The show’s mind-boggling math of assigning one actor the roles of nearly a dozen homocide suspects, opposite the other actor playing an eager wannabe detective, is enough to keep your blood pounding. But they both play the piano, too. And they sing. And they dance. And act. Seeing Jeff Blumenkrantz playing a handful of street-tough Dead-End kids from a boy choir in a song called “A Lot Woise” is one of the high points of my lifelong theatregoing career.
(When the show played an extended Jeff Award-winning run at Chicago Shakespeare Theater prior to New York, Kinosian himself played the suspects, and he even stepped into the Off-Broadway run for several weeks. Scott Schwartz directed the Off-Broadway incarnation, which was tested at Second Stage Uptown in summer 2013 and then moved to New World Stages in the fall. Jayson Raitt and Barbara Whitman were the project’s lead producers.)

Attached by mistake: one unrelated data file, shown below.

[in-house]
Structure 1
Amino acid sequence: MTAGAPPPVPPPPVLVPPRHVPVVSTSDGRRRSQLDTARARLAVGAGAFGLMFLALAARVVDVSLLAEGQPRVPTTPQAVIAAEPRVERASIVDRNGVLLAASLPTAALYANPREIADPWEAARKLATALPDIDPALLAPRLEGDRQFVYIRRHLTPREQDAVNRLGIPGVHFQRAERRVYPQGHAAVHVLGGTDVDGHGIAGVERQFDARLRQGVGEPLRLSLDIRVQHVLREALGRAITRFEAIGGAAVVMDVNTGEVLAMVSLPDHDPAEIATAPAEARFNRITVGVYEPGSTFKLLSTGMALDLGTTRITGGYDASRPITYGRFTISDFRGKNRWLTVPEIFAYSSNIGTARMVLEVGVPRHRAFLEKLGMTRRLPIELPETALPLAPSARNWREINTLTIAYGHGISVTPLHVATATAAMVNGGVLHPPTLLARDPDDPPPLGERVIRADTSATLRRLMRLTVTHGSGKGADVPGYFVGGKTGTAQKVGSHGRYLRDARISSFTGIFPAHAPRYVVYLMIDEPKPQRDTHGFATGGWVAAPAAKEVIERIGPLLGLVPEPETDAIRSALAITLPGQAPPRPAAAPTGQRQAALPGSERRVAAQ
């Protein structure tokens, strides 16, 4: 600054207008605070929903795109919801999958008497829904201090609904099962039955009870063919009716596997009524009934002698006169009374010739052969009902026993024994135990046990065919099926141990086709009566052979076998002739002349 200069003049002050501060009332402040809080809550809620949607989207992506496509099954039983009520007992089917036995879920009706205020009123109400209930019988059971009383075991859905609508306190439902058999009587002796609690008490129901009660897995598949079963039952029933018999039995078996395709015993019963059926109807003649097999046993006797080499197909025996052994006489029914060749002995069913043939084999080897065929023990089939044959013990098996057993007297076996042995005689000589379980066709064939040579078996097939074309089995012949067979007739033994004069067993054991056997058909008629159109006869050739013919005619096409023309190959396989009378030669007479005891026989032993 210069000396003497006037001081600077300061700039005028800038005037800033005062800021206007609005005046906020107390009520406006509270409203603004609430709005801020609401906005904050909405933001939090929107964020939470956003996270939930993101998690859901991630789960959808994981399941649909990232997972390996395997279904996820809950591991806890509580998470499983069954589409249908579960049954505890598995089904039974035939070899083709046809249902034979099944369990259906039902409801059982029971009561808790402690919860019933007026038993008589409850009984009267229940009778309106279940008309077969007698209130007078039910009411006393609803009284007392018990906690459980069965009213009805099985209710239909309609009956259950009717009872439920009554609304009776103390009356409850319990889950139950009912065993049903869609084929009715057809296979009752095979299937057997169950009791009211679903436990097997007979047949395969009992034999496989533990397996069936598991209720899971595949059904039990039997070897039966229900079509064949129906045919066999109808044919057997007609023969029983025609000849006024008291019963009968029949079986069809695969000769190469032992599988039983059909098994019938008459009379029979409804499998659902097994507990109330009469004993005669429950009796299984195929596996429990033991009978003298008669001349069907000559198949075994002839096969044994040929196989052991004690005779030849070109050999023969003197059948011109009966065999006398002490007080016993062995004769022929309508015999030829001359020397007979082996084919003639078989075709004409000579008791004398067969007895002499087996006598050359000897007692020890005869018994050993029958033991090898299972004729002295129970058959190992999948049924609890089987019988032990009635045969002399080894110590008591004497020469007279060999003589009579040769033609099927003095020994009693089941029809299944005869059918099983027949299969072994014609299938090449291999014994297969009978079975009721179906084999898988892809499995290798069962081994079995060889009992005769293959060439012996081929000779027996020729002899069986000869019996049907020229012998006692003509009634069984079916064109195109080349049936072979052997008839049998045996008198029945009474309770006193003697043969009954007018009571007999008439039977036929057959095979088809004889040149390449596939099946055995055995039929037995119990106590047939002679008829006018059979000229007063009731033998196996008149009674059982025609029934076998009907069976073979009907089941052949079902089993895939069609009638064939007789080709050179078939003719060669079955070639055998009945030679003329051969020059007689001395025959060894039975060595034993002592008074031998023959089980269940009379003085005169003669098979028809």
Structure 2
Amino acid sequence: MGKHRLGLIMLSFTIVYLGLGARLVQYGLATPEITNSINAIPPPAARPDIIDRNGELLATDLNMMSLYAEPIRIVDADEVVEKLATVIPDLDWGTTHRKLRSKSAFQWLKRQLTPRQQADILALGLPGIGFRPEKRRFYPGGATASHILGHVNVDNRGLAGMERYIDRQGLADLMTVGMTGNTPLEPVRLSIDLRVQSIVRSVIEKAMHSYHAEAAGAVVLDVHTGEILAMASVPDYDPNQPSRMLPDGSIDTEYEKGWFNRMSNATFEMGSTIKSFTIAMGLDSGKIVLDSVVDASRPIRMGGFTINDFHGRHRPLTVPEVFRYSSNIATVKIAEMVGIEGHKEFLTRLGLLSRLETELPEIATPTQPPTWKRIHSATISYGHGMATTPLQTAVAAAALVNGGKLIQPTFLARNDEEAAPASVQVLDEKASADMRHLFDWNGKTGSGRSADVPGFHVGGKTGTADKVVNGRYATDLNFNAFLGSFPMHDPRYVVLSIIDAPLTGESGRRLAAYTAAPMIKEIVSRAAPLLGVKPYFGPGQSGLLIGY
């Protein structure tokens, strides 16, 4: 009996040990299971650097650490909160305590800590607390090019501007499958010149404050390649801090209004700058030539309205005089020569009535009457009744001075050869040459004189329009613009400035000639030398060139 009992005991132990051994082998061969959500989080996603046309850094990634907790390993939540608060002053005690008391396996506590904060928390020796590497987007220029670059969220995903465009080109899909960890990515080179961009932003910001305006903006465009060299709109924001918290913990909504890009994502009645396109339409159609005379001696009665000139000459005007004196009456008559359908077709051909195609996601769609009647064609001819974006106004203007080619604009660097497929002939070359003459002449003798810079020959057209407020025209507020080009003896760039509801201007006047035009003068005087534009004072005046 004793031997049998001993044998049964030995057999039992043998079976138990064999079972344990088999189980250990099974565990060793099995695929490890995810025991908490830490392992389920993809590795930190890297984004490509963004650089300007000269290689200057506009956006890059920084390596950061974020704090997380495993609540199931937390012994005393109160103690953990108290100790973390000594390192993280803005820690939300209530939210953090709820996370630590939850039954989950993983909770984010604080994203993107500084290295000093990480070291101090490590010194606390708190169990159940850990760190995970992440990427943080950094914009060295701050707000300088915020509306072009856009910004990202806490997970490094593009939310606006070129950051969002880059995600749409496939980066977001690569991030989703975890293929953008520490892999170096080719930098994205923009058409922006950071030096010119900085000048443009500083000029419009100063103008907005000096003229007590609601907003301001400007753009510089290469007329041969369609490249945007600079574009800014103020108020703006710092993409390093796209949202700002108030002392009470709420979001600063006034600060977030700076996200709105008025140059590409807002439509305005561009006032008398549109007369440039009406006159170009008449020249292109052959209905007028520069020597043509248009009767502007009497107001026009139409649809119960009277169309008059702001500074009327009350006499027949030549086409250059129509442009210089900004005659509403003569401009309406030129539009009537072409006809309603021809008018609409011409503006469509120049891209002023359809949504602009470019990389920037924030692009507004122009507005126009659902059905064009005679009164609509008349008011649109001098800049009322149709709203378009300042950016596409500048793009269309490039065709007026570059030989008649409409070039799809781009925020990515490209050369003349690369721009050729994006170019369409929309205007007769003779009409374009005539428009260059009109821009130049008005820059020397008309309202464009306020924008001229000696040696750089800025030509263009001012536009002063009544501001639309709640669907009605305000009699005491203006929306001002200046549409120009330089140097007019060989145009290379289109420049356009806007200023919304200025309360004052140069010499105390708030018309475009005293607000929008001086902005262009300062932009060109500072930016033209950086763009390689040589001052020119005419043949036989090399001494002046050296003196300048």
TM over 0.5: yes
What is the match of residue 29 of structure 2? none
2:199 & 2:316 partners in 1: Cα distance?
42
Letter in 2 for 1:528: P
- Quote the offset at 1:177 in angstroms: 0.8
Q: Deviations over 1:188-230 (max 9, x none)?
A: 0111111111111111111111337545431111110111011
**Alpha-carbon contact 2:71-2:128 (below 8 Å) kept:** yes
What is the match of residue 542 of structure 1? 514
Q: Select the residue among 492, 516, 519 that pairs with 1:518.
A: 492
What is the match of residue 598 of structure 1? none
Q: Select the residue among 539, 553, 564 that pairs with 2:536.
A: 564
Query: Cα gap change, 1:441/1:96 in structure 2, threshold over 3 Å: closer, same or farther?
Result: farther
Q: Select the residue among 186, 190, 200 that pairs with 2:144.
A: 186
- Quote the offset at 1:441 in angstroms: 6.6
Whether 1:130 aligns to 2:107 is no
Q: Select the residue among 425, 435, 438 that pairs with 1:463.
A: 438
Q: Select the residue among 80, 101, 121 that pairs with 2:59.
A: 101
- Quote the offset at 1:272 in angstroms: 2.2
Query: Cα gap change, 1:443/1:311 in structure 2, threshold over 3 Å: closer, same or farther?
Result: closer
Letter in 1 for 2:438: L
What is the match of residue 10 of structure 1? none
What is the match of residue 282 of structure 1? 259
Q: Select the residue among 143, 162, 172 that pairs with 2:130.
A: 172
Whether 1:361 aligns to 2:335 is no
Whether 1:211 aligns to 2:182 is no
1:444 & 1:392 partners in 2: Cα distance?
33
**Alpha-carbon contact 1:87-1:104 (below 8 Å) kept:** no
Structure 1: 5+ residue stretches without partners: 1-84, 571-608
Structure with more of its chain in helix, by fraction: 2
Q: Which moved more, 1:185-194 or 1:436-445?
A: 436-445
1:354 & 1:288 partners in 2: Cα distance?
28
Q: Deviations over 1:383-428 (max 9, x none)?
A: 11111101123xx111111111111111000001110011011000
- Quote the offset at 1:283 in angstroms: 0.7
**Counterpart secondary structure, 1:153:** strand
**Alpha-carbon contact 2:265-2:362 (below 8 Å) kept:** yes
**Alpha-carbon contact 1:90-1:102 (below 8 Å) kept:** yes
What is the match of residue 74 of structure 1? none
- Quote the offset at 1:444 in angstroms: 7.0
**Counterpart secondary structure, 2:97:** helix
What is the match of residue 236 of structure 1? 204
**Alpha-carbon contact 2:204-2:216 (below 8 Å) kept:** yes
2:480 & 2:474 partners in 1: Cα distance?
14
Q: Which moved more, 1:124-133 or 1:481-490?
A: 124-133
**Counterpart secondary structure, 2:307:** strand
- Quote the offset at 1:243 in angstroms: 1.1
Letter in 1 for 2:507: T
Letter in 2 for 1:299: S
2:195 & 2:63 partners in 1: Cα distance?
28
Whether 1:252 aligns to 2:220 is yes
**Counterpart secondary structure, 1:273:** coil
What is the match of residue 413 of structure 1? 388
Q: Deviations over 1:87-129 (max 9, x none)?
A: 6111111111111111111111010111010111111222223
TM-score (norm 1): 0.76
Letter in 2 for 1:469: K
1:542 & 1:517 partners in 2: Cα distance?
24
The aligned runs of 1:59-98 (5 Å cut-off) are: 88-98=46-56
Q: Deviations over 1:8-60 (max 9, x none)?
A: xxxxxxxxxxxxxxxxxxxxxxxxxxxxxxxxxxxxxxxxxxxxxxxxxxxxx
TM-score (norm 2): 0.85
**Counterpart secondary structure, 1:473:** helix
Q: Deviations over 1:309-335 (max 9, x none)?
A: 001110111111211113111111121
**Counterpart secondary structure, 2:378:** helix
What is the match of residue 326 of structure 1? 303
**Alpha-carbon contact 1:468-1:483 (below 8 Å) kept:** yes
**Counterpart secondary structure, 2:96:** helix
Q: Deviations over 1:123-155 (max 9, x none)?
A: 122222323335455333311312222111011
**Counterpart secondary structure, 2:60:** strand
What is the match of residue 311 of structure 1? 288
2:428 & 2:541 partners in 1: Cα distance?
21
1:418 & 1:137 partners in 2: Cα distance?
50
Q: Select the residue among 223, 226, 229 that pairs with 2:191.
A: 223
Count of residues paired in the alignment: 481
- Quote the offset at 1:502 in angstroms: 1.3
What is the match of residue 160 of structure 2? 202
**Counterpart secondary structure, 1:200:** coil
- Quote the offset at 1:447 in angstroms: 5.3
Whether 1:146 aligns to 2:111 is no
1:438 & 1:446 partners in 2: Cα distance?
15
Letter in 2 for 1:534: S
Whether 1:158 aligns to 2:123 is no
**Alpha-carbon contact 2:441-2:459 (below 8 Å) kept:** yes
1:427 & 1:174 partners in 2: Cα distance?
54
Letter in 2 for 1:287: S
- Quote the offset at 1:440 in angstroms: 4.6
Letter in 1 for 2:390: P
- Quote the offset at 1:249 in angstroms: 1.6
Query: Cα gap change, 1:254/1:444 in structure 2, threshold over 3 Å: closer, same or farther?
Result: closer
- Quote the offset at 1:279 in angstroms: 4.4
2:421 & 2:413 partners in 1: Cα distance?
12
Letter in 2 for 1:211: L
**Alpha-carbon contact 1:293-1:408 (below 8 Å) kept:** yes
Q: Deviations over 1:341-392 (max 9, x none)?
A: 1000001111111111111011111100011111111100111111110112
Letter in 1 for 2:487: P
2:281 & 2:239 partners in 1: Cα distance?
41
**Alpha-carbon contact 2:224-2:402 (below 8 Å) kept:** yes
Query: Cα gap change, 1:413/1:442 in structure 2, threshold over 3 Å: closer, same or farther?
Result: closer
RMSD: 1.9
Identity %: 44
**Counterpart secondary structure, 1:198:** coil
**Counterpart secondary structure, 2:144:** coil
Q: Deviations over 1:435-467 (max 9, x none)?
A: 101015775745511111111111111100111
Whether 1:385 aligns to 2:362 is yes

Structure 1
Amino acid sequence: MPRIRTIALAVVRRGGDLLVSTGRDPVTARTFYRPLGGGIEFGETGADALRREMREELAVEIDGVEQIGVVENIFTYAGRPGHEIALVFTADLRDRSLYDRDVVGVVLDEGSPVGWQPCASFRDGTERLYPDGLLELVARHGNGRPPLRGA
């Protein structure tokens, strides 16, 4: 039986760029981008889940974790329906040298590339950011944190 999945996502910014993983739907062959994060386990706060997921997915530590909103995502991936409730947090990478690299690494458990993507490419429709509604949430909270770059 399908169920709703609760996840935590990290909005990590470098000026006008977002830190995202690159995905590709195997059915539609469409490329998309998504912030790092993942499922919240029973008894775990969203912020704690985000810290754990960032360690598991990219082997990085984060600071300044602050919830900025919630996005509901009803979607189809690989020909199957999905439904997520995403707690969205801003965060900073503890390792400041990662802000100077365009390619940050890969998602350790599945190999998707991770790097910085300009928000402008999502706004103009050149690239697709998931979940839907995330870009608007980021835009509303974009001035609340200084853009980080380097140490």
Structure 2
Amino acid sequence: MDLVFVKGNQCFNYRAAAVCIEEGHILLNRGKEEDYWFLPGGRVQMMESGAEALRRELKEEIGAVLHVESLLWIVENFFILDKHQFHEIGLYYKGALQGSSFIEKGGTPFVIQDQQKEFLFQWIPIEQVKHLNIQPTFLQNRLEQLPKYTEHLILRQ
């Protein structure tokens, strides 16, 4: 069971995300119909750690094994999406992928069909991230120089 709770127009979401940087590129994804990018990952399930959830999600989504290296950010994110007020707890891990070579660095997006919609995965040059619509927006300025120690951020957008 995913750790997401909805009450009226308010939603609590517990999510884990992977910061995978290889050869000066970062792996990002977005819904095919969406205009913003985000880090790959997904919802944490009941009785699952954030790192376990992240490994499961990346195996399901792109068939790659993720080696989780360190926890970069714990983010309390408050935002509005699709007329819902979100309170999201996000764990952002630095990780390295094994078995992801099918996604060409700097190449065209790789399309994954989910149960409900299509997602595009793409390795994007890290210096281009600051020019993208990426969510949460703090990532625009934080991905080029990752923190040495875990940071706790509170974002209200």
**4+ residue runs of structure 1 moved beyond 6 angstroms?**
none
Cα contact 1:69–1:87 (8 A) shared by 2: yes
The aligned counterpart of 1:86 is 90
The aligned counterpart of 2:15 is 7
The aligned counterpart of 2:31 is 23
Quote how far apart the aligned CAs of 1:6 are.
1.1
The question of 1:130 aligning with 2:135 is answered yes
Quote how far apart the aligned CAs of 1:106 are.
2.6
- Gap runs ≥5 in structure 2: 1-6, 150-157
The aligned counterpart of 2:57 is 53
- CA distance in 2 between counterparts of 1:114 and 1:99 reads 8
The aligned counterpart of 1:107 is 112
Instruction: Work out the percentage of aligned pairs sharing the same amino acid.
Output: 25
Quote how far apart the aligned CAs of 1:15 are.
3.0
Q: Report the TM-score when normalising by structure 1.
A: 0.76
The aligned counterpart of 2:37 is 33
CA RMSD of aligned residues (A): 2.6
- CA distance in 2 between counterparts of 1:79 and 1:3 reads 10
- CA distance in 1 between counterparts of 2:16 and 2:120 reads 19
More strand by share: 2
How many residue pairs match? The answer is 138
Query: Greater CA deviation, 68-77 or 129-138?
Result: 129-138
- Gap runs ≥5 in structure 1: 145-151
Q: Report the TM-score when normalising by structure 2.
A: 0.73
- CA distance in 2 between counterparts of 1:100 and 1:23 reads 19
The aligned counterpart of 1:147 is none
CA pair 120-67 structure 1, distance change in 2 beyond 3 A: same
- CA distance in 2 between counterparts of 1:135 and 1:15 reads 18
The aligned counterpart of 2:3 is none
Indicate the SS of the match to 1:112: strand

Add a hint of audience participation, a huge dollop of pop love-song sincerity (as when an amateur girl criminologist reaches out to help the detective, singing “He Needs a Partner”), and Murder For Two has the muscle of a cross-generational crowd pleaser.
Anyone with an appreciation of musical comedy craft should embrace Murder For Two. If they had written the show in the 1960s, these songwriters (who share book credit) certainly would have been offered a future Broadway score to write within a year of the musical’s bow. (The economy and the producing climate is different these days; flames are snuffed more often than fanned. Does any producer just walk up to an emerging songwriter and invite them to write a Broadway show, like one did to Jerry Herman?) At any rate, the show is an accomplished calling card that makes you want more from the pair, and will remind you of such confident shows as Little Shop of Horrors, The Producers and Avenue Q. Check out samples from the score at the Ghostlight Records site.